MAIDAN SHAHR, Afghanistan — For months, reports have abounded here that the Afghan mercenaries who escort American and other NATO convoys through the badlands have been bribing Taliban insurgents to let them pass.
Then came a series of events last month that suggested all-out collusion with the insurgents.
After a pair of bloody confrontations with Afghan civilians, two of the biggest private security companies — Watan Risk Management and Compass Security — were banned from escorting NATO convoys on the highway between Kabul and Kandahar.
The ban took effect on May 14. At 10:30 a.m. that day, a NATO supply convoy rolling through the area came under attack. An Afghan driver and a soldier were killed, and a truck was overturned and burned. Within two weeks, with more than 1,000 trucks sitting stalled on the highway, the Afghan government granted Watan and Compass permission to resume.
Watan’s president, Rashid Popal, strongly denied any suggestion that his men either colluded with insurgents or orchestrated attacks to emphasize the need for their services. Executives with Compass Security did not respond to questions.
But the episode, and others like it, has raised the suspicions of investigators here and in Washington, who are trying to track the tens of millions in taxpayer dollars paid to private security companies to move supplies to American and other NATO bases.
Although the investigation is not complete, the officials suspect that at least some of these security companies — many of which have ties to top Afghan officials — are using American money to bribe the Taliban. The officials suspect that the security companies may also engage in fake fighting to increase the sense of risk on the roads, and that they may sometimes stage attacks against competitors.
The suspicions raise fundamental questions about the conduct of operations here, since the convoys, and the supplies they deliver, are the lifeblood of the war effort.
“We’re funding both sides of the war,” a NATO official in Kabul said. The official, who spoke on the condition of anonymity because the investigation was incomplete, said he believed millions of dollars were making their way to the Taliban.
Firms Tied to Officials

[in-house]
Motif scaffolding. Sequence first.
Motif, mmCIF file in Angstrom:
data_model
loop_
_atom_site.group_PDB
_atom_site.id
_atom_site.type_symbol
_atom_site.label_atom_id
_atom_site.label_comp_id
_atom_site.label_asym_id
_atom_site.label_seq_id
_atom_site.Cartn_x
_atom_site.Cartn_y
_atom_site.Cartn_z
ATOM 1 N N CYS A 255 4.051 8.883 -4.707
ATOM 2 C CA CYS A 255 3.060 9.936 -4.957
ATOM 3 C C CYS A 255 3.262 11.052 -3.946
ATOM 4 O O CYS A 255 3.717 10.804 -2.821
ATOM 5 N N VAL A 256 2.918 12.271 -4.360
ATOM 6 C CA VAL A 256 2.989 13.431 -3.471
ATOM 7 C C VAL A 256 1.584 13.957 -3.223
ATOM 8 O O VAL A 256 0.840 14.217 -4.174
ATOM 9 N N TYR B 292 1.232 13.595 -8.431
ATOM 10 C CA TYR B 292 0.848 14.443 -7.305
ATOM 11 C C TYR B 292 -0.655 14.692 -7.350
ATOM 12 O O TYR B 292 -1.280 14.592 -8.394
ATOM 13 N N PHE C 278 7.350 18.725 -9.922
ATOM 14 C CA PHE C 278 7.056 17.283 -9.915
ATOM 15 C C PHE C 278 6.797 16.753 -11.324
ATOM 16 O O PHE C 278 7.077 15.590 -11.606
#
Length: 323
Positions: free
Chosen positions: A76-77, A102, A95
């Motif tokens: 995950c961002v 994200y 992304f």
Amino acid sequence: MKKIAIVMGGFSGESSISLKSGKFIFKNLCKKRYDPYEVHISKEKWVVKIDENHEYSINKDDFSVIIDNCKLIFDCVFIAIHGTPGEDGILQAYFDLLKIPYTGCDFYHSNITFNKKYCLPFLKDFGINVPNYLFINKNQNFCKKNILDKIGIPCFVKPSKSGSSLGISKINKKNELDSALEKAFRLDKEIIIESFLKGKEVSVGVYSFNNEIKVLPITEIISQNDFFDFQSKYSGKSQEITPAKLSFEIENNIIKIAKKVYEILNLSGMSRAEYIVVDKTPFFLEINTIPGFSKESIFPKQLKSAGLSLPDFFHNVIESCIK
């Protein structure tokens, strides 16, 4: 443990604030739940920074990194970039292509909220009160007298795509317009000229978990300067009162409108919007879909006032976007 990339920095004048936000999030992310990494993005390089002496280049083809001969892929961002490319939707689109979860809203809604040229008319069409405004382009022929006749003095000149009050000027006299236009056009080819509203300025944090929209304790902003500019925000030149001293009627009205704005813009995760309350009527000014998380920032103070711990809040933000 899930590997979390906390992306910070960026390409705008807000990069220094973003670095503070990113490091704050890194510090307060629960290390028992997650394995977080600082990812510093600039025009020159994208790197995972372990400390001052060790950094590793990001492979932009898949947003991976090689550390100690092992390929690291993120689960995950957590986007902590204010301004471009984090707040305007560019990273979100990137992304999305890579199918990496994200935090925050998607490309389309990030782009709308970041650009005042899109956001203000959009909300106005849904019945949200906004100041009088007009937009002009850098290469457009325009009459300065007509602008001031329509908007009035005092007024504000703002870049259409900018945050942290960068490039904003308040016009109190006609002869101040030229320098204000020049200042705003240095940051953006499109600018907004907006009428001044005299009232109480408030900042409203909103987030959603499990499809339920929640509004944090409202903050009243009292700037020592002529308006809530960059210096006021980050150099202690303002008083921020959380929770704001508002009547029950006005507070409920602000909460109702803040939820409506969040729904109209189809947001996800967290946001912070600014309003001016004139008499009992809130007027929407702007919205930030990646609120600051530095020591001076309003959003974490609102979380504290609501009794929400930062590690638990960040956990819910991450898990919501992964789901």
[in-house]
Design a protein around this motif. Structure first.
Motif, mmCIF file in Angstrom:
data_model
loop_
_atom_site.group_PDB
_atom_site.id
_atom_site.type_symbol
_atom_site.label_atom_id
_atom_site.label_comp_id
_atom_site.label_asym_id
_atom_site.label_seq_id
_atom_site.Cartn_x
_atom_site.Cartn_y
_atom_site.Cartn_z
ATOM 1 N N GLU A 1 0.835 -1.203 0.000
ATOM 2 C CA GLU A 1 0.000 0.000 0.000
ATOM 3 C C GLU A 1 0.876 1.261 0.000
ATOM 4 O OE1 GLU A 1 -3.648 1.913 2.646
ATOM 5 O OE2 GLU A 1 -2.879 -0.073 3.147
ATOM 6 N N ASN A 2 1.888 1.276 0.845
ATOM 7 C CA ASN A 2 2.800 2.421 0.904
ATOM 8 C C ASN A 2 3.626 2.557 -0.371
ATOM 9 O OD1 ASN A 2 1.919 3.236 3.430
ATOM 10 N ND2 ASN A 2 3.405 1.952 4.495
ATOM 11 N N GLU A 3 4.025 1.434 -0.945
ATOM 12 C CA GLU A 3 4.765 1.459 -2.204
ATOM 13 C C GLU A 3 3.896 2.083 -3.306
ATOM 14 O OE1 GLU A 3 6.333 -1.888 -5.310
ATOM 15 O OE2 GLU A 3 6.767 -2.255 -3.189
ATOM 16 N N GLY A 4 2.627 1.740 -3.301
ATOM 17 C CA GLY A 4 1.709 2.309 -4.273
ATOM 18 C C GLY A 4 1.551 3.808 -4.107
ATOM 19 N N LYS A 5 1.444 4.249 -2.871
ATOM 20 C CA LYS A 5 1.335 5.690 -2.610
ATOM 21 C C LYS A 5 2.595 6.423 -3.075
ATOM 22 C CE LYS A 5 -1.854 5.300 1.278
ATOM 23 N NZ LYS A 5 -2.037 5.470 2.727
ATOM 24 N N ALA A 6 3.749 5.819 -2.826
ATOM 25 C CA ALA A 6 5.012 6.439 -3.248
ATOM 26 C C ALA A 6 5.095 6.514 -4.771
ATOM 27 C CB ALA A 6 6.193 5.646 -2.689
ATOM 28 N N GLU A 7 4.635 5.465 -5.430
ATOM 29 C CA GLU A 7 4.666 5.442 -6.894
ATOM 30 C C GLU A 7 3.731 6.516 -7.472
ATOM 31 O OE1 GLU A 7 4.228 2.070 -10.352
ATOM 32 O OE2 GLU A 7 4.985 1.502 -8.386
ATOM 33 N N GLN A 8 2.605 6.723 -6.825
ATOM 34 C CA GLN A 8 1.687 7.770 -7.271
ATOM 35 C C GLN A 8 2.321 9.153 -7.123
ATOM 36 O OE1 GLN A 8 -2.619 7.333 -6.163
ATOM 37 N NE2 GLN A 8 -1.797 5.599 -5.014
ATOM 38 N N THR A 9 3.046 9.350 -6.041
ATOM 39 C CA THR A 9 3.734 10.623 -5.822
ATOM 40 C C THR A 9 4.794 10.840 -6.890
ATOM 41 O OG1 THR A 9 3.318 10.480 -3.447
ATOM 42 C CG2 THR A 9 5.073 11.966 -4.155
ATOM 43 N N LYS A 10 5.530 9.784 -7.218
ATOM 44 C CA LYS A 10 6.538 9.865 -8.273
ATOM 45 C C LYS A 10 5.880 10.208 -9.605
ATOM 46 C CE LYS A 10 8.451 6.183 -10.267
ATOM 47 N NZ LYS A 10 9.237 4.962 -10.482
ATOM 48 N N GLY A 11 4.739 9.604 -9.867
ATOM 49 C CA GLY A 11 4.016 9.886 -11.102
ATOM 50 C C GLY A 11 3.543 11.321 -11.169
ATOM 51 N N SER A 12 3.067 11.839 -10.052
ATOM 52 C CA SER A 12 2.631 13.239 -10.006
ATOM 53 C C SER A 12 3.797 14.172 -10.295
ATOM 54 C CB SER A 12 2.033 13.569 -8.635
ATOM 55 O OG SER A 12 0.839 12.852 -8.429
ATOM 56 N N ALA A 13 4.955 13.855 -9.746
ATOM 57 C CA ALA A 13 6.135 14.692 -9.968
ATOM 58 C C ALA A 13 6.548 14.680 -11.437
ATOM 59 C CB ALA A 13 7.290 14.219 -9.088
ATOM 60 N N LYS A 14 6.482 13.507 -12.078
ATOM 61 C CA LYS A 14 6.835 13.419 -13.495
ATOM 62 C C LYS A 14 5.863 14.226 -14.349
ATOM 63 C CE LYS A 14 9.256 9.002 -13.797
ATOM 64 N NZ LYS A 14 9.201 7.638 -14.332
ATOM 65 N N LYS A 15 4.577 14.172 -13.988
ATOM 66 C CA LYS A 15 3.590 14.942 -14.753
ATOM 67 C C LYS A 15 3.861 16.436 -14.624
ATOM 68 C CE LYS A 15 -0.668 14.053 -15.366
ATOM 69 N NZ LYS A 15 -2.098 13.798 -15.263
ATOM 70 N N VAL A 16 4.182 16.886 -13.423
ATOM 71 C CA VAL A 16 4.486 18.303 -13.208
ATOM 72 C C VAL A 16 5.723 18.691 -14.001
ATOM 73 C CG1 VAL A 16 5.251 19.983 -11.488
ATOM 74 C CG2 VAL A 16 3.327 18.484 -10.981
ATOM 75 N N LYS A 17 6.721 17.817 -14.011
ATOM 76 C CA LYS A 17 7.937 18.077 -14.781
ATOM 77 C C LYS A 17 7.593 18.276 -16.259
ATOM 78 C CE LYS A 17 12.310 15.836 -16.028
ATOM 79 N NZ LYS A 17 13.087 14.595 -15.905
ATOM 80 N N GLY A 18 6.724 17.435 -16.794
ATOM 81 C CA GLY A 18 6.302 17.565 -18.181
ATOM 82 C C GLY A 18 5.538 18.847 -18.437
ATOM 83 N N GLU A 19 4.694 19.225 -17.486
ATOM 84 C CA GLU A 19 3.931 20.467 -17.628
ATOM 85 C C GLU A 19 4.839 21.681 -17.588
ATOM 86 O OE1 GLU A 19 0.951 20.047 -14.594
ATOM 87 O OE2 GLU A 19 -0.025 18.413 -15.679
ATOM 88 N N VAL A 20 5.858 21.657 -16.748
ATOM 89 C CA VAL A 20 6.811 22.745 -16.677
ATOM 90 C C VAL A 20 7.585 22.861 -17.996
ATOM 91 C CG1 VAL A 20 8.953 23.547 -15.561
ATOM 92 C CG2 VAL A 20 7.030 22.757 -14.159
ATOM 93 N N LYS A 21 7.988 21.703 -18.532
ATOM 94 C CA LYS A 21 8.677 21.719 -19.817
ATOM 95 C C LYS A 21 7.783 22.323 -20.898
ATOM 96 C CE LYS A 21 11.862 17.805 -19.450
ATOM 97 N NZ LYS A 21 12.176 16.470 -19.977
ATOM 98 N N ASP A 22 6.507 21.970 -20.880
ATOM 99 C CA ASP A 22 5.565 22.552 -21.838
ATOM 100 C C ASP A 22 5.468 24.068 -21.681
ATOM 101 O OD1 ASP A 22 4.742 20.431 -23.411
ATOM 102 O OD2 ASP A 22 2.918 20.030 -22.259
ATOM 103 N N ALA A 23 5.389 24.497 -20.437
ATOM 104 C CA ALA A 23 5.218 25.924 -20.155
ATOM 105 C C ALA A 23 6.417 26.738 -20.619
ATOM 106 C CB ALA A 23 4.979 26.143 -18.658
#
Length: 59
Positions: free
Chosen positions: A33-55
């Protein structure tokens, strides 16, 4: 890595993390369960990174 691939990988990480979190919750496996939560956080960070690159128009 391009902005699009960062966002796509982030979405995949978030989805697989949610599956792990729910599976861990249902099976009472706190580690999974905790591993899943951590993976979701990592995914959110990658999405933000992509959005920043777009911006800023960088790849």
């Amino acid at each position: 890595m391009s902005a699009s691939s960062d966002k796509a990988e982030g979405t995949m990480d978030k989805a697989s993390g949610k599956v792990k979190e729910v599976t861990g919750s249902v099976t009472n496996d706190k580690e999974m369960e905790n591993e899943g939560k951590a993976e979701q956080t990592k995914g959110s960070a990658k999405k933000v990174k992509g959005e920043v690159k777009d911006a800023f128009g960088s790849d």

The investigation is complicated by, among other things, the fact that some of the private security companies are owned by relatives of President Hamid Karzai and other senior Afghan officials. Mr. Popal, for instance, is a cousin of Mr. Karzai, and Western officials say that Watan Risk Management’s largest shareholder is Mr. Karzai’s brother Qayum.
The principal goal of the American-led campaign here is to prepare an Afghan state and army to fight the Taliban themselves. The possibility of collusion between the Taliban and Afghan officials suggests that, rather than fighting each another, the two Afghan sides may often cooperate under the noses of their wealthy benefactors.
“People think the insurgency and the government are separate, and that is just not always the case,” another NATO official in Kabul said. “What we are finding is that they are often bound up together.”
The security companies, which appear to operate under little supervision, have sometimes wreaked havoc on Afghan civilians. Some of the private security companies have been known to attack villages on routes where convoys have come under fire, Western officials here say.
Records show there are 52 government-registered security companies, with 24,000 gunmen, most of them Afghans. But many, if not most, of the security companies are not registered at all, do not advertise themselves and do not necessarily restrain their gunmen with training or rules of engagement. Some appear to be little more than gangs with guns.
In the city of Kandahar alone, at least 23 armed groups — ostensibly security companies not registered with the government — are operating under virtually no government control, Western and Afghan officials said. On Kandahar’s chaotic streets, armed men can often be seen roaming about without any uniforms or identification.
“There are thousands of people that have been paid by both civilian and military organizations to escort their convoys, and they all pose a problem,” said Hanif Atmar, the Afghan interior minister. (Mr. Atmar resigned under pressure from President Karzai on Sunday.) “The Afghan people are not ready to accept the private companies’ providing public security.”
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